Some busts have stained effects and are being sold as “battle damaged combat distressed” or “combat version”.
But it is simply just applying paint to mimic stainsthe scorched look, and quality-wise does not meet expectations to be called “battle damaged combat distressed”. It’s probably because they are manufactured on an assembly line in China and where they just slap paint sloppily onto it. Most character toys and figurines are made in China. The workmanship seem to have improved over the years, but unlike other anime characters where you can just apply paint following a manual, the “battle damagecombat distress” paint on an Endoskeleton requires a certain degree of skill. It is not something you can just put on an assembly line and have it painted. Even more so on a life-size bust because the larger size makes it easier to find where you cut corners or where you lack skill. This is more an issue of the manufacturer’s philosophy about production than the workmanship of a factory itself, but at the same time it is understandable that there is a limit to how much hassle and cost you can put onto a product when you’re mass-producing in the hundreds or thousands. It would not make sense from a business standpoint to train someone to become highly skilled but only to sacrifice production efficiency. Above all, the workers on the assembly line, especially ladies who would have less interest in the Terminator than guys, don’t may not even know about the movie “Terminator”, let alone what this freaky metal skull is. I had a chance to tour a toy factory near Shanghai where they painted MLB figures. I asked the ladies who were working on the line if they knew what baseball was in the first place. Most of them shook their head. They must be wondering “what is this guy doing wearing a hat and gripping a stick?” That said, we cannot ask for a lot from these ladies to paint their products to a maniac’s satisfactory. There is no one to blame.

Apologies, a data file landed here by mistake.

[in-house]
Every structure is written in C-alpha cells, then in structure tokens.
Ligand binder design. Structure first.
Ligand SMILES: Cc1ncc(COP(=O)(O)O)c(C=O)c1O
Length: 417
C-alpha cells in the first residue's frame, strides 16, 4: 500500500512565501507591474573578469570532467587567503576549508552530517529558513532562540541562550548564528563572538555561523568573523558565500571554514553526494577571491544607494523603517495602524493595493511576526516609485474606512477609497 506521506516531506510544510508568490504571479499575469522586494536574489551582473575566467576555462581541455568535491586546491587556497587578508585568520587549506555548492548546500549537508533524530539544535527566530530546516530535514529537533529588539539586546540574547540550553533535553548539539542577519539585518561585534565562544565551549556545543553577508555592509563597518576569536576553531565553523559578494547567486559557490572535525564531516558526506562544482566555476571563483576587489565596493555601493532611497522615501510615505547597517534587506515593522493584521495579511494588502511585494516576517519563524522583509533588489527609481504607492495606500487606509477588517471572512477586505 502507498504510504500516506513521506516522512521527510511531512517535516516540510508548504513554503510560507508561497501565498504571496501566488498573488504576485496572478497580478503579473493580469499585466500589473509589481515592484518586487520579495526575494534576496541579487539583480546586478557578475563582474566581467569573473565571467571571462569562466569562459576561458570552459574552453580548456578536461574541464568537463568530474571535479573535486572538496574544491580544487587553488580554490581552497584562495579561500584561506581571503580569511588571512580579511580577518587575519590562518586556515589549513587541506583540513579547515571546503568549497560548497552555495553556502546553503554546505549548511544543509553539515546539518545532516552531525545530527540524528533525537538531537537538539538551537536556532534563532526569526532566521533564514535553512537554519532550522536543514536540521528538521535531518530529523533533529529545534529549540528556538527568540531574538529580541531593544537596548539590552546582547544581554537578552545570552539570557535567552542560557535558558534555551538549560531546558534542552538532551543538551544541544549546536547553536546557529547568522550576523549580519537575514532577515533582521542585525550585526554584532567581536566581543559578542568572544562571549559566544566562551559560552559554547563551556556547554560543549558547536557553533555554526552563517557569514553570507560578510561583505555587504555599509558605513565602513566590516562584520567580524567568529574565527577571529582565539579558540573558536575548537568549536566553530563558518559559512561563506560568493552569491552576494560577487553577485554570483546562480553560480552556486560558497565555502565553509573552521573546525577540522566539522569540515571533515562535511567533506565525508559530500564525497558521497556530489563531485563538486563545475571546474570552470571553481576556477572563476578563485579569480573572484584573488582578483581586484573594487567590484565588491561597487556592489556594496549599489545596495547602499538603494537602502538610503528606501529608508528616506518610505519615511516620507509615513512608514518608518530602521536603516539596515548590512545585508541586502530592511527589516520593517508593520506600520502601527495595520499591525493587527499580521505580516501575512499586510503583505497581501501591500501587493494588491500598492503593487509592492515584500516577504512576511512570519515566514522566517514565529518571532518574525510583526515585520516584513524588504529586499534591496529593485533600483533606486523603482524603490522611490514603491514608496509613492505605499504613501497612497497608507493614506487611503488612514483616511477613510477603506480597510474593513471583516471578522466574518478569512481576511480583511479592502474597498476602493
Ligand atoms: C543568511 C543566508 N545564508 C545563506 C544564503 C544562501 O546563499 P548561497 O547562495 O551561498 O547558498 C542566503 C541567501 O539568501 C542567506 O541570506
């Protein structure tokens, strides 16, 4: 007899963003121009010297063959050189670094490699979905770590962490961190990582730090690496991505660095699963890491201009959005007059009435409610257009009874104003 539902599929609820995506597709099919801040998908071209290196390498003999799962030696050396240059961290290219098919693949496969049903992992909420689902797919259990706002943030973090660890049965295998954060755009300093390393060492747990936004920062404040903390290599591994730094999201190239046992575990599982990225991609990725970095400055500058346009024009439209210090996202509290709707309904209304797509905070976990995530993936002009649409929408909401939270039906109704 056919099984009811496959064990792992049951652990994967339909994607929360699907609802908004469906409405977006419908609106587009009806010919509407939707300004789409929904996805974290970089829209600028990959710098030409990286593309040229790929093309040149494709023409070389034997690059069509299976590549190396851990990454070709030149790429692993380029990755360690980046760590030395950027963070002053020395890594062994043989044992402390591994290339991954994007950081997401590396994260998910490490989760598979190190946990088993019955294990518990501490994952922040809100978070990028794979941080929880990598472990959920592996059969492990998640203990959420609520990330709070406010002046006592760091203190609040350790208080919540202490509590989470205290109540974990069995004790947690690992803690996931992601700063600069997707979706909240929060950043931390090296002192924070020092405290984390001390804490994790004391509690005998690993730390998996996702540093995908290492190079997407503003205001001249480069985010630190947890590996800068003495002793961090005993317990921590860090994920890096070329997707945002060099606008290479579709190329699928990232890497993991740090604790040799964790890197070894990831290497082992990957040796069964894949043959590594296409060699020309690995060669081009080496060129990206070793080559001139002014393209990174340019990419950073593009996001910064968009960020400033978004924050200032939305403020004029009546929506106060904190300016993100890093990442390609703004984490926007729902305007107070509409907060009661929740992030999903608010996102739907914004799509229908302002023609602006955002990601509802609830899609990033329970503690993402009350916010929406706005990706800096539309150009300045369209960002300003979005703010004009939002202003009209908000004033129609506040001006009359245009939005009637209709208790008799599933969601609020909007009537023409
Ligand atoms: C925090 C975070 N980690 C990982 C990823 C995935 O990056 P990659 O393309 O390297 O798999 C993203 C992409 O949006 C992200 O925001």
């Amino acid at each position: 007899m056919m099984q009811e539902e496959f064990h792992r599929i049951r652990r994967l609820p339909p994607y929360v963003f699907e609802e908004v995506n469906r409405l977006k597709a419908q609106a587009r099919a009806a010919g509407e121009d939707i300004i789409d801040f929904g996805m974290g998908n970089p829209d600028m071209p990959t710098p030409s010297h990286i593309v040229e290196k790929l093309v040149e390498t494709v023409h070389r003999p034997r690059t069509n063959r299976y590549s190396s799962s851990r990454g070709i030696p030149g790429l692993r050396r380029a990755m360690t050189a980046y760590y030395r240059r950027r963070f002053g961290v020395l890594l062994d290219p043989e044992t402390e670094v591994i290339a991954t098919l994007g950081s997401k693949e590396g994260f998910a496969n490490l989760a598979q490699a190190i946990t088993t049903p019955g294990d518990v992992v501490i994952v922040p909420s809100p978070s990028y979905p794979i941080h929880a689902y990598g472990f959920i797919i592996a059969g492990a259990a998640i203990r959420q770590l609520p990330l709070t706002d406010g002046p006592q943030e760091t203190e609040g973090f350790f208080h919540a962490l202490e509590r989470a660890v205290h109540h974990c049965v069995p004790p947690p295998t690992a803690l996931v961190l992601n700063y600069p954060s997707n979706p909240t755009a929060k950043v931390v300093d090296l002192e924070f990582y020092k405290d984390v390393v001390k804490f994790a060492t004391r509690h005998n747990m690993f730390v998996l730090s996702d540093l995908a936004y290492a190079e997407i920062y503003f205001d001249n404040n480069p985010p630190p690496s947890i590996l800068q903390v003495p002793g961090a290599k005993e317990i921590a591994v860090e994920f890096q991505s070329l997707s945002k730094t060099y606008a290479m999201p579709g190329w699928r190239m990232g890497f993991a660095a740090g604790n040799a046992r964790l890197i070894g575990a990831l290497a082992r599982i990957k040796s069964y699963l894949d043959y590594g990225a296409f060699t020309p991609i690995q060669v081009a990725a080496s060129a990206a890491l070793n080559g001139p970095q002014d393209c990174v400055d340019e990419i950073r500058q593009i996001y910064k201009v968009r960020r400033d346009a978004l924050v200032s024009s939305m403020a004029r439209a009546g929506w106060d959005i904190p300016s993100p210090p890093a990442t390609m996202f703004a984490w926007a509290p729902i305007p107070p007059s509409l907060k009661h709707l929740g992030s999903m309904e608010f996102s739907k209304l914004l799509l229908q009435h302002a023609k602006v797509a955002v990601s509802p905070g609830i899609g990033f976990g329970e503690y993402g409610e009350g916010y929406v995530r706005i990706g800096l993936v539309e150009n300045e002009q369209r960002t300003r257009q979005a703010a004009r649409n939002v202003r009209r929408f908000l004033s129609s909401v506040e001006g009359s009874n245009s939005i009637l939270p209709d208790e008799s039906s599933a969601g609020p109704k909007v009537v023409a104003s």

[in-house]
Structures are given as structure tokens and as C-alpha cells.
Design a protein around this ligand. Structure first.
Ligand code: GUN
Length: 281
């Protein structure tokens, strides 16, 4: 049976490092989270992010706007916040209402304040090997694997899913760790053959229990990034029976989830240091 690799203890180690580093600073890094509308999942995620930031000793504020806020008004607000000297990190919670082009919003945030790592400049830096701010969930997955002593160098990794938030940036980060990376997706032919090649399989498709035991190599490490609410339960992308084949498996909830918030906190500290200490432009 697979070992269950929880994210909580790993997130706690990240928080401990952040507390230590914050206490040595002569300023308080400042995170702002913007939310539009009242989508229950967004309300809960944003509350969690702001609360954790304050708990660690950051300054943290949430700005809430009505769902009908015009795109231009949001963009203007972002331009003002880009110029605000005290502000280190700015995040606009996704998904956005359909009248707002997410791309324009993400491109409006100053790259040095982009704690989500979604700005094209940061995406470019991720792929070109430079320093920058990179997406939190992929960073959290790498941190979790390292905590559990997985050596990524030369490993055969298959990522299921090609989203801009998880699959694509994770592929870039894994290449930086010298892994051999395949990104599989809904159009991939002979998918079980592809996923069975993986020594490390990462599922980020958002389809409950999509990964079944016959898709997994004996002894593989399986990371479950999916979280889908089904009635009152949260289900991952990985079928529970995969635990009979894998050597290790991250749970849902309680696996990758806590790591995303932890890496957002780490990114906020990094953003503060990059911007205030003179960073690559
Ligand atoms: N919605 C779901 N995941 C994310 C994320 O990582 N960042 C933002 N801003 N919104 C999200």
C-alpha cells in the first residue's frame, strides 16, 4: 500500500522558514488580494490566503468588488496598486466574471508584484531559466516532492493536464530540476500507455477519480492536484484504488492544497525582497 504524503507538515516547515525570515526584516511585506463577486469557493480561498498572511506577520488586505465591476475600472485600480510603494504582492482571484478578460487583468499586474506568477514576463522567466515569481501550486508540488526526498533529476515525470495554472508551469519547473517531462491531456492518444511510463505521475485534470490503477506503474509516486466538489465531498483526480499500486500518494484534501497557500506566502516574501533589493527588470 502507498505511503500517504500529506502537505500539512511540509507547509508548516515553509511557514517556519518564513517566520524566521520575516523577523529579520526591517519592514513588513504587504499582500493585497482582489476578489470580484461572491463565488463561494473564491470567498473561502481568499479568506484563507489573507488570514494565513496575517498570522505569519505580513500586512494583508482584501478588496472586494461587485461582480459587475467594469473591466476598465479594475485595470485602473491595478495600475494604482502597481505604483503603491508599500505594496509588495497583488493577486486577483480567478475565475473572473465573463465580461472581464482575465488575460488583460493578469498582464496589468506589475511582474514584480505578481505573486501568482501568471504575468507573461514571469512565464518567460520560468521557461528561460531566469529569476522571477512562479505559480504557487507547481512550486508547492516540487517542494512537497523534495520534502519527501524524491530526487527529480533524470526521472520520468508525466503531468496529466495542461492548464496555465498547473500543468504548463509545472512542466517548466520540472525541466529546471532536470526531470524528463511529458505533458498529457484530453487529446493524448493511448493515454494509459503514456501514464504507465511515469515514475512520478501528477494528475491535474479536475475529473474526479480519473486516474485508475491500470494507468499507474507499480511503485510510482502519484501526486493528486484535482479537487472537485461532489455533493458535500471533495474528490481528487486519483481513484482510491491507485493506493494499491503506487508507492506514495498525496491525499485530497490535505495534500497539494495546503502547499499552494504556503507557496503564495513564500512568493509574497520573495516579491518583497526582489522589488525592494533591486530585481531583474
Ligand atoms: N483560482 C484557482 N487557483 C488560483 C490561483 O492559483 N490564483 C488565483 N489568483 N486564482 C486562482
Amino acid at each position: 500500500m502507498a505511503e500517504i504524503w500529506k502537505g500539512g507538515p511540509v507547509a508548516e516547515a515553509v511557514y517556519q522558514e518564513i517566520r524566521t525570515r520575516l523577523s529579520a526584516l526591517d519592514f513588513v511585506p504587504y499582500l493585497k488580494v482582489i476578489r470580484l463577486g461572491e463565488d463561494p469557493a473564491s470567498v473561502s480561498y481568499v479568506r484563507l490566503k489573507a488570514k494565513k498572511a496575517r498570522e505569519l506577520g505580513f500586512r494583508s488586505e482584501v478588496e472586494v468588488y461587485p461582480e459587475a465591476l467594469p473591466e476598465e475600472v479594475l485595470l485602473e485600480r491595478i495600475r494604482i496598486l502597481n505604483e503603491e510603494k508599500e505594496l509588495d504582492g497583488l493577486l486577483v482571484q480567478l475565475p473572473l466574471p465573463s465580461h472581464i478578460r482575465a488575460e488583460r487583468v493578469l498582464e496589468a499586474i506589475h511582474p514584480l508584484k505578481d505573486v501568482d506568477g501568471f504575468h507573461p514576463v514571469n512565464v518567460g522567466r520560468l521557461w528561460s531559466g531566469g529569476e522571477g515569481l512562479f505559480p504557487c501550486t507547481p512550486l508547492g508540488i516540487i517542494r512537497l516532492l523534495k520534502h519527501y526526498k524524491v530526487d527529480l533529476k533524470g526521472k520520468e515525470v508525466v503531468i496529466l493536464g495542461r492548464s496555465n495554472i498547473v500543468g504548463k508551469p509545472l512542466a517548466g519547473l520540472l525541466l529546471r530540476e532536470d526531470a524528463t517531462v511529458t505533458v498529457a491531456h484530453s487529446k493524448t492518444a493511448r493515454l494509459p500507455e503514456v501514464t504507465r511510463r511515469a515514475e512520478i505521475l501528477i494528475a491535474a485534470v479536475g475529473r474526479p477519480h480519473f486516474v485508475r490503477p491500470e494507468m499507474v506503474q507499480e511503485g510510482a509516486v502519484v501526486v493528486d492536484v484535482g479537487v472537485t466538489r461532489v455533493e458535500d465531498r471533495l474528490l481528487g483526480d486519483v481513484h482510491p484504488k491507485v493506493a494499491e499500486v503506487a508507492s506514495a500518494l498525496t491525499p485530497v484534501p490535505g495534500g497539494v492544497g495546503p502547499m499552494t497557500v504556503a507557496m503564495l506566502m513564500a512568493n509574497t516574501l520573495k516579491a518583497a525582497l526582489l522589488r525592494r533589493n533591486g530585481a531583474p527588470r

The T-STUDIO Animatronic Bust ver. 1.1 is designed based on “the Endoskeleton that appears toward the last of T1.” At first I hesitated to apply paint to the surface of the beautifully chrome-plated Endoskull. Since a thin black paint will be sprayed entirely over the skull, the beautiful shine from the six layer chrome plate plating will be gone for good. But since the theme was set to be the Endoskull from T1, I had no choice but to do it.
Stan Winston says he referred to a motorcycle exhaust pipe to create the burnt scorched effect on the Endoskull. The effect of heat on a metal surface is expressed using multiple colors such as orange, yellow, blue, and purple. Based on pictures of the props and Winston’s statement, I carefully airbrushed clear yellow paint then clear orange. I used three different tones of orange. Most manufacturers only use black to create their “battle damagecombat distress”, but just by applying a yellow color, it makes the “damage” scorched-look look more real. You can try it out on your bust as well by applying clear paint.
The above two pictures are that of a prop from the original movie showcased at the “Tomenosuke Shoten” store. In addition to the damage scorched effects applied at Stan Winston Studios, there are traces of actual wear and tear probably from the film shooting, and aging degradation since 1984, which adds to its “battle damagecombat distressed” character and the atmosphere that it creates. This cannot be easily copied.
Research & Assessment
Interviews with people involved in project